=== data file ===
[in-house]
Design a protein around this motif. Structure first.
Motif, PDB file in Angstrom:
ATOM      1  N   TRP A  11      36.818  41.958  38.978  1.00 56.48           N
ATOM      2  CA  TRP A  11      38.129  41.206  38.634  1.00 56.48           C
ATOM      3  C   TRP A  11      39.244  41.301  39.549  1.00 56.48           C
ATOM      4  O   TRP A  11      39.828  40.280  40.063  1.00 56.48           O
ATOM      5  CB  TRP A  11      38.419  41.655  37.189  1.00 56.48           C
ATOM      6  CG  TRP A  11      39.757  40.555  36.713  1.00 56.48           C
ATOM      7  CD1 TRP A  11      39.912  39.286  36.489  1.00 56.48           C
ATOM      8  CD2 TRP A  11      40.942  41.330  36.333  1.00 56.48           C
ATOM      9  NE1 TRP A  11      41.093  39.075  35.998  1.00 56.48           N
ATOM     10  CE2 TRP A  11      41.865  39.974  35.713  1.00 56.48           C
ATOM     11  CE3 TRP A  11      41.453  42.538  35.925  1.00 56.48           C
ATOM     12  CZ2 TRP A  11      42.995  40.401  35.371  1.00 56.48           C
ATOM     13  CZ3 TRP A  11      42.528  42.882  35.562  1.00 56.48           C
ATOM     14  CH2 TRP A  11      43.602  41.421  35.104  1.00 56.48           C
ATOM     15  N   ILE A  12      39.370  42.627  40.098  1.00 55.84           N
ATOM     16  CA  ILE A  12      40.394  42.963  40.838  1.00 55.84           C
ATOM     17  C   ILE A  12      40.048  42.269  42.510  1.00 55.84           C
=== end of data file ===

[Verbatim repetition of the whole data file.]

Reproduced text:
[in-house]
Design a protein around this motif. Structure first.
Motif, PDB file in Angstrom:
ATOM      1  N   TRP A  11      36.818  41.958  38.978  1.00 56.48           N
ATOM      2  CA  TRP A  11      38.129  41.206  38.634  1.00 56.48           C
ATOM      3  C   TRP A  11      39.244  41.301  39.549  1.00 56.48           C
ATOM      4  O   TRP A  11      39.828  40.280  40.063  1.00 56.48           O
ATOM      5  CB  TRP A  11      38.419  41.655  37.189  1.00 56.48           C
ATOM      6  CG  TRP A  11      39.757  40.555  36.713  1.00 56.48           C
ATOM      7  CD1 TRP A  11      39.912  39.286  36.489  1.00 56.48           C
ATOM      8  CD2 TRP A  11      40.942  41.330  36.333  1.00 56.48           C
ATOM      9  NE1 TRP A  11      41.093  39.075  35.998  1.00 56.48           N
ATOM     10  CE2 TRP A  11      41.865  39.974  35.713  1.00 56.48           C
ATOM     11  CE3 TRP A  11      41.453  42.538  35.925  1.00 56.48           C
ATOM     12  CZ2 TRP A  11      42.995  40.401  35.371  1.00 56.48           C
ATOM     13  CZ3 TRP A  11      42.528  42.882  35.562  1.00 56.48           C
ATOM     14  CH2 TRP A  11      43.602  41.421  35.104  1.00 56.48           C
ATOM     15  N   ILE A  12      39.370  42.627  40.098  1.00 55.84           N
ATOM     16  CA  ILE A  12      40.394  42.963  40.838  1.00 55.84           C
ATOM     17  C   ILE A  12      40.048  42.269  42.510  1.00 55.84           C